As discussed in another article, the income statement provides a measure of an organization’s performance in generating net assets. Because net assets are claims on cash, the income statement doesn’t measure the organization’s performance in generating cash directly. Many businesses with strong income statements have gone bankrupt because they were unable to come up with the cash needed to meet their obligations.
Cash is vital to organizations. Creditors must be paid in cash and businesses are usually formed in order to return cash the owners. The statement of cash flows (or cash flow statement) provides decision makers with a financial statement that focuses on cash. A cash flow statement reports cash receipts and cash payments of an organization during a particular time period. Both cash flow and income statements report activities over a span of time.
The basic concept of a cash flow statement is simple:
- Activities that increased cash (cash inflows) and those that decreased cash (cash outflows) are listed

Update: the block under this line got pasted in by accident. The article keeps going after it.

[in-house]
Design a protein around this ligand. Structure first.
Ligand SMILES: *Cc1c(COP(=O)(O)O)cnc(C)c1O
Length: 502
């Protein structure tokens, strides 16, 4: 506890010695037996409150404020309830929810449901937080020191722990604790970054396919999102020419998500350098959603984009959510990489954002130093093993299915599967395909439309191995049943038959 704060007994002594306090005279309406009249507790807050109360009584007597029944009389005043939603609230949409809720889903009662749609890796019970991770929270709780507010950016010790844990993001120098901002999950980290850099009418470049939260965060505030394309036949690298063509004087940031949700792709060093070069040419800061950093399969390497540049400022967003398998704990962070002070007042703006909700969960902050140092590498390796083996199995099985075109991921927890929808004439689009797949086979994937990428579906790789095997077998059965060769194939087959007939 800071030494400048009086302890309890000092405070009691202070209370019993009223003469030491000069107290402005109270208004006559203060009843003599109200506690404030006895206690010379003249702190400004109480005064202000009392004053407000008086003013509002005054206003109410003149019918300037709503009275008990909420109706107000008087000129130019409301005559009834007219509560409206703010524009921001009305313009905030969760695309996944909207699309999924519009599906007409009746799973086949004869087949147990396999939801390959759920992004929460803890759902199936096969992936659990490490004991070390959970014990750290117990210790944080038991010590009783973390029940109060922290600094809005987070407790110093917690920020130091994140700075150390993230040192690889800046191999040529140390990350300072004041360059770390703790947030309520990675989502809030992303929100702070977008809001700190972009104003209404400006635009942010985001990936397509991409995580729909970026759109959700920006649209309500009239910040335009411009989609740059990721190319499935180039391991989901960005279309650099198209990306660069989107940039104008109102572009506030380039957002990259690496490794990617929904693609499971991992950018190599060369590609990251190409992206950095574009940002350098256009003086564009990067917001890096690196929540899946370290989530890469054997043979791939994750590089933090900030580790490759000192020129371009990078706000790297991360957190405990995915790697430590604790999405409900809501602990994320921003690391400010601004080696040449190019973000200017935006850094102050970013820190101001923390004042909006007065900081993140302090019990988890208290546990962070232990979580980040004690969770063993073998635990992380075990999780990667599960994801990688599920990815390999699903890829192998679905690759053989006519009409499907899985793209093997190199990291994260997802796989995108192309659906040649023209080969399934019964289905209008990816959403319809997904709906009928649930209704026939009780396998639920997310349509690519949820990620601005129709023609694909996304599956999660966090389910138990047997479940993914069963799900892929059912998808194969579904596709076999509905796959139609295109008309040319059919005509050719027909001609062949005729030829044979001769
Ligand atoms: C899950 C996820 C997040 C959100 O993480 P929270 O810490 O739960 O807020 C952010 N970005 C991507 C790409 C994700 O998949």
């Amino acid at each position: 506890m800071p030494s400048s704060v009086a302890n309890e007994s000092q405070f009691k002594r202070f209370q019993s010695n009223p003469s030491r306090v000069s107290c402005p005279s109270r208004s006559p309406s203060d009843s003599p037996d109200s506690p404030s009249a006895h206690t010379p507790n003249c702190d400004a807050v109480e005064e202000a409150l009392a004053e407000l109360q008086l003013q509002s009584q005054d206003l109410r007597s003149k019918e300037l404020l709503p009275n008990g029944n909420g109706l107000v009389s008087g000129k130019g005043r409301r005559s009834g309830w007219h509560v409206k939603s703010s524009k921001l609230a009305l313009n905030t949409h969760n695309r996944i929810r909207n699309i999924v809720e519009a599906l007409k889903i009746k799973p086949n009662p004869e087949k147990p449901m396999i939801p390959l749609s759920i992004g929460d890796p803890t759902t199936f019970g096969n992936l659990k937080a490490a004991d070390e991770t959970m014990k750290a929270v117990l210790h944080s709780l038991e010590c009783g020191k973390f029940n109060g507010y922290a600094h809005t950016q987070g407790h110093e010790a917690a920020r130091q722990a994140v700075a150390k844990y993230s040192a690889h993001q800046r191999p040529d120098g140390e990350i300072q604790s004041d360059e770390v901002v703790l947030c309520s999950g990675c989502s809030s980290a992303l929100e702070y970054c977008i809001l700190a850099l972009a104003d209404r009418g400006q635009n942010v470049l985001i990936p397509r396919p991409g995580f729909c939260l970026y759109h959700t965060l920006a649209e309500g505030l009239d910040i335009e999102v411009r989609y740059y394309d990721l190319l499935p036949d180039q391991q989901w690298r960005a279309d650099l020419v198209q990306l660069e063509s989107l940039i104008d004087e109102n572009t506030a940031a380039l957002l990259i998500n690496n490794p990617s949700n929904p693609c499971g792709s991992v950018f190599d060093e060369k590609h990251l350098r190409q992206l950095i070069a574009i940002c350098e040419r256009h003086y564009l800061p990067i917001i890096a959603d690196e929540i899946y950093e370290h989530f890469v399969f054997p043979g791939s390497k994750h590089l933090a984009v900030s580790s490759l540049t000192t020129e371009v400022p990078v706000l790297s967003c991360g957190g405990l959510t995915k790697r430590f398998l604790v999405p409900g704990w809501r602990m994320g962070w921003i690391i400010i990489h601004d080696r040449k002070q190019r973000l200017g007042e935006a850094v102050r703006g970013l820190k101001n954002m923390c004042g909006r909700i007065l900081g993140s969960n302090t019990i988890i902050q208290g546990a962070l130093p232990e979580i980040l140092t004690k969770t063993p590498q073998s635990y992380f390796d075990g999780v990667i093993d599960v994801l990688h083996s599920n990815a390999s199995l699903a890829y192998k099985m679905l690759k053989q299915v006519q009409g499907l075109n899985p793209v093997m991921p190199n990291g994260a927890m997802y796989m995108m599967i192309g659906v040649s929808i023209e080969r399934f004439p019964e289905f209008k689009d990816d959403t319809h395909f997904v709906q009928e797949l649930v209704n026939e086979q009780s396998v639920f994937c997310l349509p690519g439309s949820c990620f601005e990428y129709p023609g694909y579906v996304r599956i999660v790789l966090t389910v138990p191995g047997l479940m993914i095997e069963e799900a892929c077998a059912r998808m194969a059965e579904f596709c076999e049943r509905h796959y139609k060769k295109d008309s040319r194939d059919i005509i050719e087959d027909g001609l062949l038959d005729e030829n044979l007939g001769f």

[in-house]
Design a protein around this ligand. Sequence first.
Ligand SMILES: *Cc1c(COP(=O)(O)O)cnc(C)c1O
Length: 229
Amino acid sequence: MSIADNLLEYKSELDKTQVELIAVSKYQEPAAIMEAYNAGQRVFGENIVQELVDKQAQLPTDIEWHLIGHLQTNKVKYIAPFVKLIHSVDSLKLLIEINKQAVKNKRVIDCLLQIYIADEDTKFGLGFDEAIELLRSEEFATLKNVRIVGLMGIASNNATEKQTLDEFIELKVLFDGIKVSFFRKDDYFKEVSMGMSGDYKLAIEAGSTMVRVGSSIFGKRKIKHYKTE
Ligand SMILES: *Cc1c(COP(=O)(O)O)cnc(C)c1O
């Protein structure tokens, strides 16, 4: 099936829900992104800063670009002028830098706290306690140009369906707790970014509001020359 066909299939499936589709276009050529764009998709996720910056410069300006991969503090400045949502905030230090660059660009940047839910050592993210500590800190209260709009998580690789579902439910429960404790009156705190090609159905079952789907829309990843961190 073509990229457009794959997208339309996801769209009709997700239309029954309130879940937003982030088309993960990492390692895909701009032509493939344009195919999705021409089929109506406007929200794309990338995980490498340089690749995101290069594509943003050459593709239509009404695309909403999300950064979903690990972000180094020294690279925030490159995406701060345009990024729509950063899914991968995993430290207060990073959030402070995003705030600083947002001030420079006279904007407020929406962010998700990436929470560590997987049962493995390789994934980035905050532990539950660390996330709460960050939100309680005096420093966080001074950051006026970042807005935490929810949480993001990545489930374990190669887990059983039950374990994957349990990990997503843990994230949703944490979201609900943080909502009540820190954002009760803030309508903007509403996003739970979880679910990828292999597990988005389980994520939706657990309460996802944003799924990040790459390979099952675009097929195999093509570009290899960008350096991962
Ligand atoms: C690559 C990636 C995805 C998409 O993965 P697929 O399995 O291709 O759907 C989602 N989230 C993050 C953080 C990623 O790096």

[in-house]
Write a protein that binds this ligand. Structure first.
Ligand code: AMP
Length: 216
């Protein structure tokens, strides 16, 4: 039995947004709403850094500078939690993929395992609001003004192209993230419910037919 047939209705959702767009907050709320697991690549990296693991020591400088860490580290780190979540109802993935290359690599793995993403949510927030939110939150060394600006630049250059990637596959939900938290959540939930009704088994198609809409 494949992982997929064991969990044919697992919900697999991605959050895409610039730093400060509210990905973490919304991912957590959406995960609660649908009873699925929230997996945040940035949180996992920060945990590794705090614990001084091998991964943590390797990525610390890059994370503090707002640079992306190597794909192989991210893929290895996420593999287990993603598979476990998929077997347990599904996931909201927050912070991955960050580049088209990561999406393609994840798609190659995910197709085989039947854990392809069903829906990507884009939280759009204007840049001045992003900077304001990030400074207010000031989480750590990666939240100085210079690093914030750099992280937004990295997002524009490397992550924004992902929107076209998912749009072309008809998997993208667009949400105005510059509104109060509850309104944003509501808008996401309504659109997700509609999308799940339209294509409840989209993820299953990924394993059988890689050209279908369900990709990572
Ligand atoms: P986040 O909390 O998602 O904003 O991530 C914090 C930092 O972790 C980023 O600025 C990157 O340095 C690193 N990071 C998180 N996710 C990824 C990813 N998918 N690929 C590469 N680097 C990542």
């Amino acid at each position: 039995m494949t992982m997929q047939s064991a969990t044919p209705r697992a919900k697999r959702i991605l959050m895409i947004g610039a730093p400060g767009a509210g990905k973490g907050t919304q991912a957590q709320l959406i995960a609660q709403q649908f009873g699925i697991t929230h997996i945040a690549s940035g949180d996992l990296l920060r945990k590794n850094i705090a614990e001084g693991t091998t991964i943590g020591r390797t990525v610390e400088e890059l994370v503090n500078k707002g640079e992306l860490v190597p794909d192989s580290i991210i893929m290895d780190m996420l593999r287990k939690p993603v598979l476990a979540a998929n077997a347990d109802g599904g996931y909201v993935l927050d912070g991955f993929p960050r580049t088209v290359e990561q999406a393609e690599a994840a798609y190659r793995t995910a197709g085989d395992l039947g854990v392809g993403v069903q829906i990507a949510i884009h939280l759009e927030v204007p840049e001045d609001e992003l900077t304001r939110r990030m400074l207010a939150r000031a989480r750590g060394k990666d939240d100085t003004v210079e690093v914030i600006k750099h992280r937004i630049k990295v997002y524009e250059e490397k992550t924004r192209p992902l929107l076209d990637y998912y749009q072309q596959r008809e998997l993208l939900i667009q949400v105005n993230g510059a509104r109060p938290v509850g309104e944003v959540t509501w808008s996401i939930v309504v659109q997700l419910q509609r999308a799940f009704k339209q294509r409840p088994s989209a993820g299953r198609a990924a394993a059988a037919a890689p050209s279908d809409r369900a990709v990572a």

Each cash inflow and outflow are categorized into one of three corresponding categories:
- Operating activities: Transactions affecting the sale, purchase, or production of goods and services.
- Investing activities: Include acquiring and selling of long-term assets and securities held for long-term investment reasons.
- Financing activities: Include acquiring and selling resources from owners and creditors and repaying these amounts.
Below is an example of a cash flow statement for a fictitious enterprise called ABC Company Inc. The statement is broken up into three main areas – operating, investing and financing activities. The net increase in cash is shown at the bottom of the income statement.